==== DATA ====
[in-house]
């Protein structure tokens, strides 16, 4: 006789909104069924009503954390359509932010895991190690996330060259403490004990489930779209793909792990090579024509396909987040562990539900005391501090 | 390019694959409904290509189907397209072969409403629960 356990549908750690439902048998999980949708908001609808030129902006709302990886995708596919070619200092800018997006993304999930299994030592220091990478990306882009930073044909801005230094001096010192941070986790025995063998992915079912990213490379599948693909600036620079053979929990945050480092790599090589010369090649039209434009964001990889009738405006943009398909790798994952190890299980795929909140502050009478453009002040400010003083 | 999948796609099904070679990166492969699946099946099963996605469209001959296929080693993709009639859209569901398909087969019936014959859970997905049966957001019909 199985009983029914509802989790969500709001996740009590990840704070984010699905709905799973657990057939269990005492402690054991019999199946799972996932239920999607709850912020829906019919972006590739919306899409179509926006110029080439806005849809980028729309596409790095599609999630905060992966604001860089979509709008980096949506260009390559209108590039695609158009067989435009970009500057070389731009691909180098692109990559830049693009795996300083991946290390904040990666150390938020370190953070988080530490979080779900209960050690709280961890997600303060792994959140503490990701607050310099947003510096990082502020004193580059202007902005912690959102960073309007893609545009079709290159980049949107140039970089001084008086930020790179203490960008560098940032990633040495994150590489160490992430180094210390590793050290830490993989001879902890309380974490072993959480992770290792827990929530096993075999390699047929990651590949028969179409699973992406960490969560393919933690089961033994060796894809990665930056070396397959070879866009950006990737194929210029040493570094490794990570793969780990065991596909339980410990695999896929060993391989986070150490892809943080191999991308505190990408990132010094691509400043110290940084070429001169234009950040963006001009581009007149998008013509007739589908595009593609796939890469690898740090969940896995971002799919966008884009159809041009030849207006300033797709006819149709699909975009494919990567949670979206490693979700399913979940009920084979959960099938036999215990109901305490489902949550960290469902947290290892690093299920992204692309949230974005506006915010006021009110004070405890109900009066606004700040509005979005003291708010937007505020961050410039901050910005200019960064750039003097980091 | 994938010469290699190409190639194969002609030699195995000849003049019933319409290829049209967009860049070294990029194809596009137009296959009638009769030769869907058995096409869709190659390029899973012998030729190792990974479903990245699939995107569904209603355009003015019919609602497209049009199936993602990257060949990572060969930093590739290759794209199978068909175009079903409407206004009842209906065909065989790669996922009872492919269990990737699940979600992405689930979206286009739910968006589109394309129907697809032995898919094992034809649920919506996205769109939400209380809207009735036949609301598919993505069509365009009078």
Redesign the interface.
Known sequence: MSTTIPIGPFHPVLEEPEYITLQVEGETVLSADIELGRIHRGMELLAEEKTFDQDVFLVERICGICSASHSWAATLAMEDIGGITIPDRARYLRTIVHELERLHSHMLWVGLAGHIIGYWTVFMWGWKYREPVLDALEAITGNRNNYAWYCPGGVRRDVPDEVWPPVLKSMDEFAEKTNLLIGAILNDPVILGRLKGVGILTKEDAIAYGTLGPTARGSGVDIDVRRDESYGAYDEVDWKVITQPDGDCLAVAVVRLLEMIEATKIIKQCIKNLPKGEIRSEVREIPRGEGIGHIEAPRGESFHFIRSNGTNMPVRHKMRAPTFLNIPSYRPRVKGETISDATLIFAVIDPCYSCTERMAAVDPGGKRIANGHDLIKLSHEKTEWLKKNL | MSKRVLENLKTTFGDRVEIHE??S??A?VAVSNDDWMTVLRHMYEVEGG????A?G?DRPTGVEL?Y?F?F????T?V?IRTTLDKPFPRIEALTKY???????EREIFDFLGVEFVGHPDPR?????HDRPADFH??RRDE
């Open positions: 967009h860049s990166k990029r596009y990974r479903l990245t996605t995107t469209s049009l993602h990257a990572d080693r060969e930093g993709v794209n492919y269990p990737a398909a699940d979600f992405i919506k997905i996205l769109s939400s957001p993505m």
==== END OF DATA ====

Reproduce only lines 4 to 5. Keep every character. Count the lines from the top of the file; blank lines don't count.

Known sequence: MSTTIPIGPFHPVLEEPEYITLQVEGETVLSADIELGRIHRGMELLAEEKTFDQDVFLVERICGICSASHSWAATLAMEDIGGITIPDRARYLRTIVHELERLHSHMLWVGLAGHIIGYWTVFMWGWKYREPVLDALEAITGNRNNYAWYCPGGVRRDVPDEVWPPVLKSMDEFAEKTNLLIGAILNDPVILGRLKGVGILTKEDAIAYGTLGPTARGSGVDIDVRRDESYGAYDEVDWKVITQPDGDCLAVAVVRLLEMIEATKIIKQCIKNLPKGEIRSEVREIPRGEGIGHIEAPRGESFHFIRSNGTNMPVRHKMRAPTFLNIPSYRPRVKGETISDATLIFAVIDPCYSCTERMAAVDPGGKRIANGHDLIKLSHEKTEWLKKNL | MSKRVLENLKTTFGDRVEIHE??S??A?VAVSNDDWMTVLRHMYEVEGG????A?G?DRPTGVEL?Y?F?F????T?V?IRTTLDKPFPRIEALTKY???????EREIFDFLGVEFVGHPDPR?????HDRPADFH??RRDE
């Open positions: 967009h860049s990166k990029r596009y990974r479903l990245t996605t995107t469209s049009l993602h990257a990572d080693r060969e930093g993709v794209n492919y269990p990737a398909a699940d979600f992405i919506k997905i996205l769109s939400s957001p993505m």